BeerSmith™ Home Brewing Forum

Brewing Topics => Extract and Partial Mash Brewing => Topic started by: millerrl143 on February 16, 2016, 05:02:53 PM

Title: Need help creating a new extract ingredient
Post by: millerrl143 on February 16, 2016, 05:02:53 PM
I am trying to add a new extract ingredient into the recipe for Northern Brewers Tallgrass Velvet Rooster kit.  NB is using a new extract they product themselves called Maillard Malts Pilsen Malt syrup.  I cannot obtain the profile from NB yet, but they say this is the same as Briess Pilsen Malt extract.  I was able to download the .pdf file from the Briess website, however when I am trying to enter the details of this new grain (extract) ingredient I run into a problem.  Several of the boxes that I need to fill in are grayed out.  Like the moisture box, diastatic power, and protein are grayed out and I can't enter anything.  I am not sure how to figure out the potential and yield from the Briess .pdf document I have attached to this email.  I am new to this program and would appreciate any help on these items.

PS: Is it safe to assume the IBU per gallon box (which is not grayed out) should be zero since there are other hops added during the boil?? 
Title: Re: Need help creating a new extract ingredient
Post by: brewfun on February 16, 2016, 05:52:54 PM
The profile you have is for the grain, not the extract.

Attached is the profile that you need.

The color (SRM) is 2 and the Potential is 1.040.
Title: Re: Need help creating a new extract ingredient
Post by: millerrl143 on February 17, 2016, 09:43:09 AM
AH,  I goofed on what I downloaded.  I noticed last night that if I change the selection to grain then I can fill in data, but if I change that setting to be extract a few things changed and were grayed out as I said.  I was dumbfounded as to calculate the SG from the Malt I downloaded.  Can you enlighten me as to how I would use the numbers that were on the malt I chose, or does entering other variables figure that out for you? I apologize for my mistake but greatly appreciate your input to my question.  Learning all the time.:-)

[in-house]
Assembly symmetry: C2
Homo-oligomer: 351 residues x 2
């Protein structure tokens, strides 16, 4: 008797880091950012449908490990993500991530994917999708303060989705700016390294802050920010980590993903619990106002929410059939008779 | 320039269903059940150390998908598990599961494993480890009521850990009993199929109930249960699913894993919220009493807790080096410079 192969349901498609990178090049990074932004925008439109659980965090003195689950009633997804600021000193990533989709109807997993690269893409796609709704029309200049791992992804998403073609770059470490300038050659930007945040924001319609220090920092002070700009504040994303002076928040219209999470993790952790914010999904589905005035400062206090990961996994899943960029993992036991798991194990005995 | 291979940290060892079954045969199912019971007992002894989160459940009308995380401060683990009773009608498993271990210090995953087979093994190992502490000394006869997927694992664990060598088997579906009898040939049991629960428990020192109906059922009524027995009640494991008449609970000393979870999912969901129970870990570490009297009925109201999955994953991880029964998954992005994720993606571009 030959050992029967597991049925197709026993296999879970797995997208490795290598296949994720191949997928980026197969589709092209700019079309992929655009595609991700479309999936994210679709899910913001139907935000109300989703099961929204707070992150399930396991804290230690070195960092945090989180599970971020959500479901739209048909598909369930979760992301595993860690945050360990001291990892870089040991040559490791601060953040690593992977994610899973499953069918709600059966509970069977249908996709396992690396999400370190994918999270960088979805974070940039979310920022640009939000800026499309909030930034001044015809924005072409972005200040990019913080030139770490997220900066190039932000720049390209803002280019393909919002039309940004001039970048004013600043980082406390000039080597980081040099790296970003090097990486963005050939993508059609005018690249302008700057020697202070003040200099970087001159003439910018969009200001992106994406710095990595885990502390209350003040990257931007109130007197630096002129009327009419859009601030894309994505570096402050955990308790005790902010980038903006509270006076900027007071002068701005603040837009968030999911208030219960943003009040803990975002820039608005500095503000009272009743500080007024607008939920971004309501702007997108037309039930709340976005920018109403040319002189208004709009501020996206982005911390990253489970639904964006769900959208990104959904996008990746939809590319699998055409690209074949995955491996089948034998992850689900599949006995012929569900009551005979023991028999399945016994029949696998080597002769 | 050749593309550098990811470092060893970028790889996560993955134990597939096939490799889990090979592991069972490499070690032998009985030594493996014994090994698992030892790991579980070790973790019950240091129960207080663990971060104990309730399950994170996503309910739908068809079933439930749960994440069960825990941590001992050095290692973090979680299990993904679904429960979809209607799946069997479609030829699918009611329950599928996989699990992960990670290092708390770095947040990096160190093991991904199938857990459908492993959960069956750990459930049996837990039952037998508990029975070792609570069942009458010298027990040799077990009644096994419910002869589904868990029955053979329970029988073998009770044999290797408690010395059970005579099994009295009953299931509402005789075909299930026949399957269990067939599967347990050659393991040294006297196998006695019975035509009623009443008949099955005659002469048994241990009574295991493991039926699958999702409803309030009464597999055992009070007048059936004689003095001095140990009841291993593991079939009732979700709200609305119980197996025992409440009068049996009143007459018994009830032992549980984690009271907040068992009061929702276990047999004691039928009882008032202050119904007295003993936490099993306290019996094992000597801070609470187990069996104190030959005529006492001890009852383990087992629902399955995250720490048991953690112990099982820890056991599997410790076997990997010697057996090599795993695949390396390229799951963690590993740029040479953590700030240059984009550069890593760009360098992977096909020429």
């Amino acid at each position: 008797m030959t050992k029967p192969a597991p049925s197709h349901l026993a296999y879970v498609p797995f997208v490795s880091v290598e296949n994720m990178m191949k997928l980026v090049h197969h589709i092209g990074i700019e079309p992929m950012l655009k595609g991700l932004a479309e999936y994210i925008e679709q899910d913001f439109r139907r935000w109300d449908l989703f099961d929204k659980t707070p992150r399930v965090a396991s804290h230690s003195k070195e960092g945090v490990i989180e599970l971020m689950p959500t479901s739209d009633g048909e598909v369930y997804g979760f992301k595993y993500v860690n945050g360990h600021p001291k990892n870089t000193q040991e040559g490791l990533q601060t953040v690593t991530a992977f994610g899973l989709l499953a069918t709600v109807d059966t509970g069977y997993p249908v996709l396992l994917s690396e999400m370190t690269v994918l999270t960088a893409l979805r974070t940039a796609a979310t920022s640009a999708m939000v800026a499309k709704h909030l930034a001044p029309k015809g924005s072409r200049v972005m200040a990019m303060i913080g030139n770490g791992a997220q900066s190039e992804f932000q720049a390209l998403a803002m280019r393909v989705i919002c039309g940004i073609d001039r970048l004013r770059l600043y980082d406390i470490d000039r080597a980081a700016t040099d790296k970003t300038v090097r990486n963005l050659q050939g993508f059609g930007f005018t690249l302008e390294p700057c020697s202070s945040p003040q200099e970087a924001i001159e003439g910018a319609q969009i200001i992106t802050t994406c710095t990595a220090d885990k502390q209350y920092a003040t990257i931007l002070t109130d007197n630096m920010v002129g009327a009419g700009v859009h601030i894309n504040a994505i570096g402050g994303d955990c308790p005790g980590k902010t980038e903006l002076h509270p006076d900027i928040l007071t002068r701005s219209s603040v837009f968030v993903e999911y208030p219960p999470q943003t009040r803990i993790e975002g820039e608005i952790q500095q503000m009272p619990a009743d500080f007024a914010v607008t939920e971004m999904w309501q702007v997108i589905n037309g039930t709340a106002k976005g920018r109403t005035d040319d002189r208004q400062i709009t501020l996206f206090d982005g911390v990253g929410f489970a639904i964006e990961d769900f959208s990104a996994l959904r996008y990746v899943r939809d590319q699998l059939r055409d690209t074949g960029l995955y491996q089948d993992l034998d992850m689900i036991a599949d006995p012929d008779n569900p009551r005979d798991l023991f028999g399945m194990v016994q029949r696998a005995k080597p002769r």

Title: Re: Need help creating a new extract ingredient
Post by: brewfun on February 17, 2016, 12:09:09 PM
Can you enlighten me as to how I would use the numbers that were on the malt I chose, or does entering other variables figure that out for you?

The best thing about extract is that someone has done the work for you. The worst thing about extract is that someone has done the work for you.  ;)

As you move to all grain, the mash step is where all of the malt specs become important. You can google "reading malt analysis sheet" to get a more detailed explanation than I'm going to give, here. I'm going to stay focused on how the spec sheet relates to BeerSmith.

Mealy / Half / Glassy: not relevant to BeerSmith.
In base malts, this is a stand in measurement of modification in the malting process where high mealiness is desired. It really means how the malt comes out of the kilning process, so really has more meaning for specialty malts. For instance, a crystal malt will have a higher amount of glassiness due to the hardened sugar. Base malt with less than 95% mealiness is usually rejected but is still perfectly suitable to become specialty malt. Low mealiness and high glassy percentages are expected in crystal malts in the darker range.